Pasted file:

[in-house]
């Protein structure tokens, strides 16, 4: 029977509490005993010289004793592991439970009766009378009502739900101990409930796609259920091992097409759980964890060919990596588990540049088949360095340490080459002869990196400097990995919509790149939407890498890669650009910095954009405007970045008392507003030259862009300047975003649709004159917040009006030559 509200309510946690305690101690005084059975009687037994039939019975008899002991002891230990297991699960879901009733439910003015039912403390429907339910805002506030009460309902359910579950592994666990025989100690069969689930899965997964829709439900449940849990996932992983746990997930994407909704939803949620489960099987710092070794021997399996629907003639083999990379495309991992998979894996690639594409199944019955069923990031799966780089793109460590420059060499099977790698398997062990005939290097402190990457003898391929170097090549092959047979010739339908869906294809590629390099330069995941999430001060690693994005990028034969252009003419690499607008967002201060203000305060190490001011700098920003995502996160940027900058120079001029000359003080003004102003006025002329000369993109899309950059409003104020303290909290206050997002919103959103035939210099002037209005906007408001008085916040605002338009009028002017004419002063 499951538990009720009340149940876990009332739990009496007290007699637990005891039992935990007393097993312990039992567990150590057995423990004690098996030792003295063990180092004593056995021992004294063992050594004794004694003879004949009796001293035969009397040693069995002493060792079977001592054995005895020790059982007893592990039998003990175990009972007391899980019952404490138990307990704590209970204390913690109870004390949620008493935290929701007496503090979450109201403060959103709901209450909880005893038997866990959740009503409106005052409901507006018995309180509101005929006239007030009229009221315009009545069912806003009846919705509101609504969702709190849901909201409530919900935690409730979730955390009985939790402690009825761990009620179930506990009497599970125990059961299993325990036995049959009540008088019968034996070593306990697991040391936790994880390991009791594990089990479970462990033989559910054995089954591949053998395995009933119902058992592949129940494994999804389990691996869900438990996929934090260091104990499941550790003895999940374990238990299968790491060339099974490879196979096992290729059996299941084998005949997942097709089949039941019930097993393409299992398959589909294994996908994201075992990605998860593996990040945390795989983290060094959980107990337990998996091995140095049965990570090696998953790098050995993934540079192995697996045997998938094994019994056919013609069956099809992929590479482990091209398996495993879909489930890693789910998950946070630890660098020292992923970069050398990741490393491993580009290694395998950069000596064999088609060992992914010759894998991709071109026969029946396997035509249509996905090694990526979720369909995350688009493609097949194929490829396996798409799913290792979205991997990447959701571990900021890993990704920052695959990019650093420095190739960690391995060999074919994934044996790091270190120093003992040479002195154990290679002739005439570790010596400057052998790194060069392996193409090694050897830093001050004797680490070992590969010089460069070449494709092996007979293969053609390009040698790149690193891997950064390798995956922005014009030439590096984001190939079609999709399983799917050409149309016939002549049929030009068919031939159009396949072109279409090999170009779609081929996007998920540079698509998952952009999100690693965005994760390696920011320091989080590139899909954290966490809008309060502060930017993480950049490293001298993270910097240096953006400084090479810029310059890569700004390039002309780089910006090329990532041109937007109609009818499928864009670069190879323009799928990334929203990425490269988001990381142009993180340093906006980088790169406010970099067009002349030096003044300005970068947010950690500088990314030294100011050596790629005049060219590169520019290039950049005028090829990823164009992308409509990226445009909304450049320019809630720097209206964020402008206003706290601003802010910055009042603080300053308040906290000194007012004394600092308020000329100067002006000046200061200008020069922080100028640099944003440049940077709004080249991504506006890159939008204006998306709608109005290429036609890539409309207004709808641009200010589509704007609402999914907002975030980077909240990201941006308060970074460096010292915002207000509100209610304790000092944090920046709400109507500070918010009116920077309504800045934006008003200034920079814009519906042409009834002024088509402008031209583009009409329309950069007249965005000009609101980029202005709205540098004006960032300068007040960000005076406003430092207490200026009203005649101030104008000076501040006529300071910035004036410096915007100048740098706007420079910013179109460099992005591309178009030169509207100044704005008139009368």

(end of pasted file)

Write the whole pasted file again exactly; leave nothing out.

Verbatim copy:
[in-house]
């Protein structure tokens, strides 16, 4: 029977509490005993010289004793592991439970009766009378009502739900101990409930796609259920091992097409759980964890060919990596588990540049088949360095340490080459002869990196400097990995919509790149939407890498890669650009910095954009405007970045008392507003030259862009300047975003649709004159917040009006030559 509200309510946690305690101690005084059975009687037994039939019975008899002991002891230990297991699960879901009733439910003015039912403390429907339910805002506030009460309902359910579950592994666990025989100690069969689930899965997964829709439900449940849990996932992983746990997930994407909704939803949620489960099987710092070794021997399996629907003639083999990379495309991992998979894996690639594409199944019955069923990031799966780089793109460590420059060499099977790698398997062990005939290097402190990457003898391929170097090549092959047979010739339908869906294809590629390099330069995941999430001060690693994005990028034969252009003419690499607008967002201060203000305060190490001011700098920003995502996160940027900058120079001029000359003080003004102003006025002329000369993109899309950059409003104020303290909290206050997002919103959103035939210099002037209005906007408001008085916040605002338009009028002017004419002063 499951538990009720009340149940876990009332739990009496007290007699637990005891039992935990007393097993312990039992567990150590057995423990004690098996030792003295063990180092004593056995021992004294063992050594004794004694003879004949009796001293035969009397040693069995002493060792079977001592054995005895020790059982007893592990039998003990175990009972007391899980019952404490138990307990704590209970204390913690109870004390949620008493935290929701007496503090979450109201403060959103709901209450909880005893038997866990959740009503409106005052409901507006018995309180509101005929006239007030009229009221315009009545069912806003009846919705509101609504969702709190849901909201409530919900935690409730979730955390009985939790402690009825761990009620179930506990009497599970125990059961299993325990036995049959009540008088019968034996070593306990697991040391936790994880390991009791594990089990479970462990033989559910054995089954591949053998395995009933119902058992592949129940494994999804389990691996869900438990996929934090260091104990499941550790003895999940374990238990299968790491060339099974490879196979096992290729059996299941084998005949997942097709089949039941019930097993393409299992398959589909294994996908994201075992990605998860593996990040945390795989983290060094959980107990337990998996091995140095049965990570090696998953790098050995993934540079192995697996045997998938094994019994056919013609069956099809992929590479482990091209398996495993879909489930890693789910998950946070630890660098020292992923970069050398990741490393491993580009290694395998950069000596064999088609060992992914010759894998991709071109026969029946396997035509249509996905090694990526979720369909995350688009493609097949194929490829396996798409799913290792979205991997990447959701571990900021890993990704920052695959990019650093420095190739960690391995060999074919994934044996790091270190120093003992040479002195154990290679002739005439570790010596400057052998790194060069392996193409090694050897830093001050004797680490070992590969010089460069070449494709092996007979293969053609390009040698790149690193891997950064390798995956922005014009030439590096984001190939079609999709399983799917050409149309016939002549049929030009068919031939159009396949072109279409090999170009779609081929996007998920540079698509998952952009999100690693965005994760390696920011320091989080590139899909954290966490809008309060502060930017993480950049490293001298993270910097240096953006400084090479810029310059890569700004390039002309780089910006090329990532041109937007109609009818499928864009670069190879323009799928990334929203990425490269988001990381142009993180340093906006980088790169406010970099067009002349030096003044300005970068947010950690500088990314030294100011050596790629005049060219590169520019290039950049005028090829990823164009992308409509990226445009909304450049320019809630720097209206964020402008206003706290601003802010910055009042603080300053308040906290000194007012004394600092308020000329100067002006000046200061200008020069922080100028640099944003440049940077709004080249991504506006890159939008204006998306709608109005290429036609890539409309207004709808641009200010589509704007609402999914907002975030980077909240990201941006308060970074460096010292915002207000509100209610304790000092944090920046709400109507500070918010009116920077309504800045934006008003200034920079814009519906042409009834002024088509402008031209583009009409329309950069007249965005000009609101980029202005709205540098004006960032300068007040960000005076406003430092207490200026009203005649101030104008000076501040006529300071910035004036410096915007100048740098706007420079910013179109460099992005591309178009030169509207100044704005008139009368």